“Red Mexico” usually refers to the time period covering the presidencies of Alvaro Obregón Salido (1920-24) and Plutaro Elías Calles (1924-28) and the dark years of Mexico after the promulgation of the 1917 constitution where the Catholic Church was ruthlessly persecuted. The two regimes came after the Mexican Revolution (1910-20), while the Cristero War, which opposed the anti-clerical laws, took place mostly under Calles. Calles was also directly responsible for the martyrdom of Fr. Miguel Agustin Pro, a Catholic Jesuit, who was falsely accused of sedition and executed without trial. Instead of being condemned for the murder of Fr. Pro and the other countless acts of savagery, Calles’s wretched remains have been placed in a monument in Mexico City.
The intrepid Irish journalist and author Captain Francis McCullagh wrote about his experiences at the time of the events in his chilling and eye-opening book Red Mexico.(1) McCullagh was a witness to the totalitarian methods that the Bolsheviks employed in their takeover of czarist Russia and saw many parallels to what took place in Mexico that inspired much of the nation’s revolutionary leadership. His book, along with Blood-Drenched Altars(2) by Bishop Francis C. Kelley, are but a few which tell the story of how a once great Christian nation’s faith was nearly destroyed and has, quite frankly, never returned to its previous levels. Today, Mexico is basically a secular and pagan mess.
Nearly every great social movement is preceded by a change in ideology. The creation of Mexico was no different, and the vicious rule of Calles can be traced to the changes in ideology which took place in the preceding centuries. Revolutionaries like Calles were shaped by the ideas that began with the Enlightenment and later socialistic philosophies of the 19th and 20th centuries. These beliefs – which led to the radical changes which took place in Mexico – also inspired the French Revolution and the Bolshevik takeover in Russia.
The centerpiece of the “philosophers,” as the 18th century thinkers became known, was a hatred of Christianity, monarchial and aristocratic government and a hierarchical social order. Spain and all that it had accomplished in the New World, therefore, was the embodiment of everything the Enlightenment, socialists, and radical egalitarians wanted to exterminate. Many of the founders of the United States were influenced by this ideology, which thus put the nation on a collision course with Mexico and the rest of Latin America.
Nueva Espańa (New Spain) spread across what is now the southern and southwestern United States, what is now Mexico and the coastal regions of northern South America. Of this vast possession, Mexico was Spain’s jewel in the crown. Under Spain’s enlightened, benevolent and Christian governance, Mexico thrived. One historian remarked that the civilizing of Latin America by Spain is “one of the greatest wonders in world history.” But that success was not to last. “It was not Spain but Mexico that failed. The Spanish left a civilization. It is the Mexican who . . . [destroyed] it.”(3)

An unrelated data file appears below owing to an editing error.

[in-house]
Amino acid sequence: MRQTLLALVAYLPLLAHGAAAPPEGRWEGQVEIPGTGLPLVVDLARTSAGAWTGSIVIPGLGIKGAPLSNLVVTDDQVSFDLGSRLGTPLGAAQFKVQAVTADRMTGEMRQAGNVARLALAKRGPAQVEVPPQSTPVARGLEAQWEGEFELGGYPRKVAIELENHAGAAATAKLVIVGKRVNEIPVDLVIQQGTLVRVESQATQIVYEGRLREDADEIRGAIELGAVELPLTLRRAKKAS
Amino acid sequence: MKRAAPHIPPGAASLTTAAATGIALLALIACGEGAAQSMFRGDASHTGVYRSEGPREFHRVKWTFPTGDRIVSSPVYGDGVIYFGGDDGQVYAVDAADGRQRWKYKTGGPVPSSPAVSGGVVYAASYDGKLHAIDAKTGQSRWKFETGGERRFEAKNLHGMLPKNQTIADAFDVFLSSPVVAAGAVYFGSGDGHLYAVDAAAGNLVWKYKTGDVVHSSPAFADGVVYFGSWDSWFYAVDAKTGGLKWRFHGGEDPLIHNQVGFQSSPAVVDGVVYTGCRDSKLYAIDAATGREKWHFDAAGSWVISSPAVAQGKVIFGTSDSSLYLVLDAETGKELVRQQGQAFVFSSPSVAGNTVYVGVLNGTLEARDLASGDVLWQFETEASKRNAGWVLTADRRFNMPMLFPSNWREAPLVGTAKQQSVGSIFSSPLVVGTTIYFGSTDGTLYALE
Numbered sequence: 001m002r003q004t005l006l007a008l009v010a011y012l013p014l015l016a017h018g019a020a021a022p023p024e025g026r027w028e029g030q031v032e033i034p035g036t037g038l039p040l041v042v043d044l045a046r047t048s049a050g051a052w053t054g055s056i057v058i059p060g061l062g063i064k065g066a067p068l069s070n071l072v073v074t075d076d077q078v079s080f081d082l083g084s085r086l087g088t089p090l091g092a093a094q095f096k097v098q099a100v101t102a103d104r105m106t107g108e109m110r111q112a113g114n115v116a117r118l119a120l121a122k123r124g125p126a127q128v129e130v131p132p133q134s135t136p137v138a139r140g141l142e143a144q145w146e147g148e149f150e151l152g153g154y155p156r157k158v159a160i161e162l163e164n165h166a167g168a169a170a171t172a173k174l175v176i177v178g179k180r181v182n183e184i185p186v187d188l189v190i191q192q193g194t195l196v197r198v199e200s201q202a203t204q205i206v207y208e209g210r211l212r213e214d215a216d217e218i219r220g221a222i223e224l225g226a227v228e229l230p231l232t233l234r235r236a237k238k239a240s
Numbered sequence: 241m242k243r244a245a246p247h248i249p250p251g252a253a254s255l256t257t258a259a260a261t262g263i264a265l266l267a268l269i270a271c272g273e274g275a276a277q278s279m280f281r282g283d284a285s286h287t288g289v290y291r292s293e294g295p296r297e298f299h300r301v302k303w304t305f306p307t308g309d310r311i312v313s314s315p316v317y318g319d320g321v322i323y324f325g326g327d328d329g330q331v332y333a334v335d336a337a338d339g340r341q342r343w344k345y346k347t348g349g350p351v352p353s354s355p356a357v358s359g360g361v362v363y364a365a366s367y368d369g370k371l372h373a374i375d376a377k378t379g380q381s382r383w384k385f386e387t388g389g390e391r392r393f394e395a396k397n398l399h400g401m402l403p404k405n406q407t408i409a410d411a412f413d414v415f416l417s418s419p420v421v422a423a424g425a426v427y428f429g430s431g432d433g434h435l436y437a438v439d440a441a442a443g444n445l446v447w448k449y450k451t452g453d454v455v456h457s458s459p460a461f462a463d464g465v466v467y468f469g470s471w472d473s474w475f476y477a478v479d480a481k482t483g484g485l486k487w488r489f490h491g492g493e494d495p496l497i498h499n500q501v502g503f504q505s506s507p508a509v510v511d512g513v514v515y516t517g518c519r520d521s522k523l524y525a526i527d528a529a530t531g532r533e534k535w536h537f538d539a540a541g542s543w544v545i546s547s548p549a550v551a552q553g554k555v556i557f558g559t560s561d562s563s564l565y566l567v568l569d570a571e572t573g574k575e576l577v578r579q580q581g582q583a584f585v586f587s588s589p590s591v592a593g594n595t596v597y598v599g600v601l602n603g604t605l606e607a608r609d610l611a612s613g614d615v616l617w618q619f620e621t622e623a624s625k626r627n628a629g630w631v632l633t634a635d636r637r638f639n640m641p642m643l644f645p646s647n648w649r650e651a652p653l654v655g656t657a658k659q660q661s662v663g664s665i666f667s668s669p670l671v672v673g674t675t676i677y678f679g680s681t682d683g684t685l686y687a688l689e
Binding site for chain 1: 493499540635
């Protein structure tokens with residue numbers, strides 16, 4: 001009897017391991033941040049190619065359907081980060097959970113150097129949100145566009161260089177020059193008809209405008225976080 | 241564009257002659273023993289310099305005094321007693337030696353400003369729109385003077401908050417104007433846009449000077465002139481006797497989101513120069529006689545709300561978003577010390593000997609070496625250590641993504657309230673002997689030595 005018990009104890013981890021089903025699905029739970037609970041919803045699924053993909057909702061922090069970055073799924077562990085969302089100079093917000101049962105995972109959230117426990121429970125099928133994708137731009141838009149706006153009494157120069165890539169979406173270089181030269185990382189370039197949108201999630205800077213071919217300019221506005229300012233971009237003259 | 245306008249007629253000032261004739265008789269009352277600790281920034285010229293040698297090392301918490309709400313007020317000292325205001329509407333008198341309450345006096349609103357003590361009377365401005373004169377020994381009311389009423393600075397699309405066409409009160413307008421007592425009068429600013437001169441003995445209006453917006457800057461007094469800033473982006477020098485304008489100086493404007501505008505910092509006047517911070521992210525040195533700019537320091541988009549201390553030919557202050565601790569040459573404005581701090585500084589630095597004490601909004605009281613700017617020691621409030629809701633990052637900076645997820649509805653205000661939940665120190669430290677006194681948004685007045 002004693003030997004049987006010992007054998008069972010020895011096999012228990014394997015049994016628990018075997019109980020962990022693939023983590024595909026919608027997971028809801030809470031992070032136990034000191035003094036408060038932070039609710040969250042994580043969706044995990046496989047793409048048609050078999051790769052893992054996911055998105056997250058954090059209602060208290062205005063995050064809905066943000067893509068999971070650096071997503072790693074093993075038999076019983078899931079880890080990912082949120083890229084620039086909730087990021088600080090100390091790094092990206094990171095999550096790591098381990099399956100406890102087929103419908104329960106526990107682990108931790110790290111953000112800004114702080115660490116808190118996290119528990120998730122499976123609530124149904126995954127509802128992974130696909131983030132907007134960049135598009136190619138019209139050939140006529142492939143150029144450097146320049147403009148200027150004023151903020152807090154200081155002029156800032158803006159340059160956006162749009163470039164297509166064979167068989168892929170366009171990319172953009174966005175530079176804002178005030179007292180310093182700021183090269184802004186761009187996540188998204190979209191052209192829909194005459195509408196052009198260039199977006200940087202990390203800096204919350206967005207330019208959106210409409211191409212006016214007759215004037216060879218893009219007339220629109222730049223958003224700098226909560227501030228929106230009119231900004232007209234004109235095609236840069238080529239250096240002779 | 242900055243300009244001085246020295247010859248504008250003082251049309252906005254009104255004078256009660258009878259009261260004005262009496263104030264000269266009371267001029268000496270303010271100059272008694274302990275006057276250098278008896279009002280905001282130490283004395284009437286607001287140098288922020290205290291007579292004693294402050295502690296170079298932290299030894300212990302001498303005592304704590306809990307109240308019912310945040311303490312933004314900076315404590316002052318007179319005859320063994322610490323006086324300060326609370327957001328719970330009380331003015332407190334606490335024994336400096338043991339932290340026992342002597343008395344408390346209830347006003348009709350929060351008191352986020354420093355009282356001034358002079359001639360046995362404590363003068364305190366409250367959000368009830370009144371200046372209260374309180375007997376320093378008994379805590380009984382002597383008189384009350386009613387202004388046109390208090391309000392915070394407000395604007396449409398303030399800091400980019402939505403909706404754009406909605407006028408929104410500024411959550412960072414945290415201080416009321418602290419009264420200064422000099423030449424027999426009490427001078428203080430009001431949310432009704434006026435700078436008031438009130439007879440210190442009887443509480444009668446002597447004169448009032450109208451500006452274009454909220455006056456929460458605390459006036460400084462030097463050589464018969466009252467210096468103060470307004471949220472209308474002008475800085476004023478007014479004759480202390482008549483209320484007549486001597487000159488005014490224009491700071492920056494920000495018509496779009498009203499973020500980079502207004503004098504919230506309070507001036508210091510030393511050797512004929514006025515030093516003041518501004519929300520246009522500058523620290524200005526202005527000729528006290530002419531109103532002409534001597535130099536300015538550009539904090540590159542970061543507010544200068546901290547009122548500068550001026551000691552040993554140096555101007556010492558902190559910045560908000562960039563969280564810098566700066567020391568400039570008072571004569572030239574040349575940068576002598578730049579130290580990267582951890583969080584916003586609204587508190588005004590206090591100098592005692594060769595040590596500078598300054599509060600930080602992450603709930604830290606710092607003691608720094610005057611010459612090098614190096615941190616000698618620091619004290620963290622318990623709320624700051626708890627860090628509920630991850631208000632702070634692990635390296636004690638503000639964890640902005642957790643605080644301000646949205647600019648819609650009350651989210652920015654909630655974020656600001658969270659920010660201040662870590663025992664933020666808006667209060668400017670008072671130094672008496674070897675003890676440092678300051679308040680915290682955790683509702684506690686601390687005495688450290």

This unparalleled accomplishment can be attributed to several factors. First, the taming of Central and South America was done under Christian monarchs. It was the Spanish Crown that was responsible for the country’s overseas explorations and settlement. As Henry Haring describes:
The king possessed not only the sovereign right but the property rights; he was the
absolute proprietor, the sole political head of his American dominions. Every privilege
and position, economic, political, or religious came from him, It was on this basis that the
conquest, occupation, and government of the . . . New World was achieved.(4)
Though it is true that the discovery of the New World came at the time of increasing absolutism, political and economic theory have clearly shown that monarchial governance is far less parasitic and less burdensome on an economy and society than democratic rule. Under kingly rule, the regent sees his kingdom as his personal possession and typically will want to preserve, and hopefully increase, its capital value. Also, a hereditary monarch would have an incentive to maintain a prosperous kingdom since offspring would eventually inherit the realm.
On the other hand, parliaments, congresses and other democratic bodies do not “own” the government and its possessions as kings do, but are “overseers” and thus do not have the same incentive to maintain the state’s capital stock. Instead, since democratic officials and representatives can be voted out in elections, they will seek to exploit the country at far higher rates than monarchs.
Second, and just as important as the type of governance, was the religion which accompanied Spanish rule. From the start, Roman Catholicism was an integral part of the civilization of New Spain, and the religious fervor which imbibed it began from the two regals who funded and encouraged the New World discoveries – King Ferdinand and Queen Isabella. Pope Alexander VI referred Ferdinand and Isabella as Los Reyes Católicos, “the Catholic monarchs.”
Ferdinand & Isabella